Saturday, October 29, 2016

IZETTA'S BLACK WALNUT POUND CAKE

My mother told me there was a black walnut tree growing in the front yard of her childhood home in Waterford, Virginia. She made the most delicious black walnut pound cake and probably got the recipe from her mother, Annie Louise Middleton Markham.
Back in the early 1980s, my husband and I took a couple of friends to visit Waterford, Virginia. We walked up the hill to my mom's home and it was in shambles. Apparently someone bought the property, with over 70 acres of land, and was ready to renovate and restore the house. I walked through the house and opened every door on the second floor. She told me every room had a fireplace—and they sure did.
There was an old black walnut tree in the front yard and I picked up an empty shell lying on the ground and kept it. 
My husband fashioned it into an owl, and I still have that little black walnut 'owl'.
Black walnuts are difficult to find in the Pacific Northwest. I ordered them online and for extra flavor, I also ordered black walnut extract.



Butter a 4 by 8-inch loaf pan.

Preheat oven to 325 degrees F.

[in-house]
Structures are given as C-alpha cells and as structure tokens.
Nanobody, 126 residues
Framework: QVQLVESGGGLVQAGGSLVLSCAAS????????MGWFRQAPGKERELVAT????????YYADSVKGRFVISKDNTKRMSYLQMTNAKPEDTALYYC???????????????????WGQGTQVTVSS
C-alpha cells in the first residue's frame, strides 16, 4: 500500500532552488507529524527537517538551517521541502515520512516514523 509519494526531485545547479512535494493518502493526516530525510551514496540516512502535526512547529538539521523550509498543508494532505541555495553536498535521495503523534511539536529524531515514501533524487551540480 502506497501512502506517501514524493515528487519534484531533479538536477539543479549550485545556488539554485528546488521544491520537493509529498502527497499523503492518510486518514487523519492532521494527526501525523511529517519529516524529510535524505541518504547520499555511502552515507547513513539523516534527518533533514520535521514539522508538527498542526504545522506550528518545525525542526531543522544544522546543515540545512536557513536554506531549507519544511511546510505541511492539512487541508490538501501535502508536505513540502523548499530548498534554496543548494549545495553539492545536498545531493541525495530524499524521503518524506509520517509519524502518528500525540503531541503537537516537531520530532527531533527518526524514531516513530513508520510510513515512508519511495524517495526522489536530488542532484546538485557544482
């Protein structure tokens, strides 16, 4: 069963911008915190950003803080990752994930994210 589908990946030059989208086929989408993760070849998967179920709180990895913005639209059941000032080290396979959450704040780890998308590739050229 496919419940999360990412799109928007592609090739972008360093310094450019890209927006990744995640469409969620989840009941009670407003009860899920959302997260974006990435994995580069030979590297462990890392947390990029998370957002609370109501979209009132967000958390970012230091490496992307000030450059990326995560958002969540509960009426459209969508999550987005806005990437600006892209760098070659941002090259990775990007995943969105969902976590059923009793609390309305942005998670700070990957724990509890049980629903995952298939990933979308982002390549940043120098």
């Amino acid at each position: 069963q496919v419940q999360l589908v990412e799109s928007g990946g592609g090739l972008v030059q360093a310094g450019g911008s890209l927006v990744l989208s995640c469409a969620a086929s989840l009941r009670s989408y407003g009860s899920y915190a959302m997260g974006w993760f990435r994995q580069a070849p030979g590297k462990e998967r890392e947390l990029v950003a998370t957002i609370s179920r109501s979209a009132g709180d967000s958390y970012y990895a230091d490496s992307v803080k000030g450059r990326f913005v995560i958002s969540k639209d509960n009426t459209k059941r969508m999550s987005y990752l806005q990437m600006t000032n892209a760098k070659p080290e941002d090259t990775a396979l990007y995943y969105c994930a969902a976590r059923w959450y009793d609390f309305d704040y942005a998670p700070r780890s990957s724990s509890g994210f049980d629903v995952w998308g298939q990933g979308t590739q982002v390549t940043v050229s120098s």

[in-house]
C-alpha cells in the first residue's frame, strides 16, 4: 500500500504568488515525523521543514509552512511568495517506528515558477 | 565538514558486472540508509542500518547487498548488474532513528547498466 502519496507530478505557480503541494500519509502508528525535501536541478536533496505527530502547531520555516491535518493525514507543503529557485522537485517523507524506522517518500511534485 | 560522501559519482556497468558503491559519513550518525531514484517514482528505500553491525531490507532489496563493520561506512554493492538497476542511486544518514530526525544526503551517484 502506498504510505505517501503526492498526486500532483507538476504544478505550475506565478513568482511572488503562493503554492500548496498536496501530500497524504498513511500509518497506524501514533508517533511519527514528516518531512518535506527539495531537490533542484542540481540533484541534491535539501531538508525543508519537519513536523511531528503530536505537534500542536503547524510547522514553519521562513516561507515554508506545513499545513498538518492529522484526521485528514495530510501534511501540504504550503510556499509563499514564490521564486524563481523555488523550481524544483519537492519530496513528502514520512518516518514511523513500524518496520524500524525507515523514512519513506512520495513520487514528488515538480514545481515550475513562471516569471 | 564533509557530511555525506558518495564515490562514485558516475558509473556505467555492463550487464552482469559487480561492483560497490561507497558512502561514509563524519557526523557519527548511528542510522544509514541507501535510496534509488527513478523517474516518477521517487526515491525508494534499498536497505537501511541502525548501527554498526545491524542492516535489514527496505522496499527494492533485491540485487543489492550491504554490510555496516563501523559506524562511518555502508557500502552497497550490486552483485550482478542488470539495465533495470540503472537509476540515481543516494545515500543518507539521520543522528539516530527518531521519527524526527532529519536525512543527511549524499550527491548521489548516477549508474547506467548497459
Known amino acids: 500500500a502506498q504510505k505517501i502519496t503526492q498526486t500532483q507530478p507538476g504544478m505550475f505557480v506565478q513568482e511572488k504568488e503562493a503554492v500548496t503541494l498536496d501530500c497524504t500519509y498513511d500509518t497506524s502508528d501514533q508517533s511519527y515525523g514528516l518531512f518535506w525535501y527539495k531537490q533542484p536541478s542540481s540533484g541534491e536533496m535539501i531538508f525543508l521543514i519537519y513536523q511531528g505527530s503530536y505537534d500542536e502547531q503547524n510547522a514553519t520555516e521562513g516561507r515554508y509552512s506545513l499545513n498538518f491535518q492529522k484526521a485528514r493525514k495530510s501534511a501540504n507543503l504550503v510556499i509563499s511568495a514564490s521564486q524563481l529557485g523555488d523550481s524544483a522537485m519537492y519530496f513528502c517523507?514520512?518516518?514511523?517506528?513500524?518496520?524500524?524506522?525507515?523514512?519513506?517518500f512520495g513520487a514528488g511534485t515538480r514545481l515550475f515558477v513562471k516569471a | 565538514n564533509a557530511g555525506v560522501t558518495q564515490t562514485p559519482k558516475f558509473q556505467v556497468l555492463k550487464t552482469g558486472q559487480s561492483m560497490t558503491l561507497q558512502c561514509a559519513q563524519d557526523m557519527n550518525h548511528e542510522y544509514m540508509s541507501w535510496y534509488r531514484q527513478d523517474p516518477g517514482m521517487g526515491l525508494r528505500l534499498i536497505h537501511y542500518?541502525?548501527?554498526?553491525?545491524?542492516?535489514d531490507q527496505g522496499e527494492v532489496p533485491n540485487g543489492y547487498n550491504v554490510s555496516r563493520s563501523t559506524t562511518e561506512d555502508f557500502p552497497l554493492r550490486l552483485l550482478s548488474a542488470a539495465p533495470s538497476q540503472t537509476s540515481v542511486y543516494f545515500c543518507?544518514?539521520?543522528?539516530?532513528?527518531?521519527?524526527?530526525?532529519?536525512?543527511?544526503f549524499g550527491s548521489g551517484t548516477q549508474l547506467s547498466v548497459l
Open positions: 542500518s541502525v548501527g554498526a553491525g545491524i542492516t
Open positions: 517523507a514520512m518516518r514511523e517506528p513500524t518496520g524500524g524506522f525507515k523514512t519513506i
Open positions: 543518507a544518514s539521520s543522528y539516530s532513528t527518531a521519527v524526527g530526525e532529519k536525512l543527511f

1 cup unsalted butter, room temperature
¾ cup granulated sugar
4 large eggs, room temperature
3 T honey
1 t black walnut extract
2 cups pastry flour or all-purpose flour
½ t baking powder, preferably non-aluminum
1 t sea salt
1 ½ cups chopped black walnuts

In the bowl of an electric mixer, fitted with a paddle, gently cream butter and sugar.
In a 2-cup measuring pitcher, add eggs, honey, and black walnut extract.
Whisk with a fork and then gradually pour into mixer while mixing on slow speed.

Sift flour with baking powder into a bowl then add the salt and slowly add to mixer.

Mix until well incorporated, scraping down the bowl once or twice in between.
With a rubber spatula, transfer batter to the prepared pan and bake for 50 to 60 minutes, or until a toothpick inserted in the middle of the cake, comes out clean.

Cool in pan on a wire rack for 30 minutes.  
Using a table knife, run it around the sides of the pan to loosen and then turn out onto a plate.  

Let cool another hour or so before serving.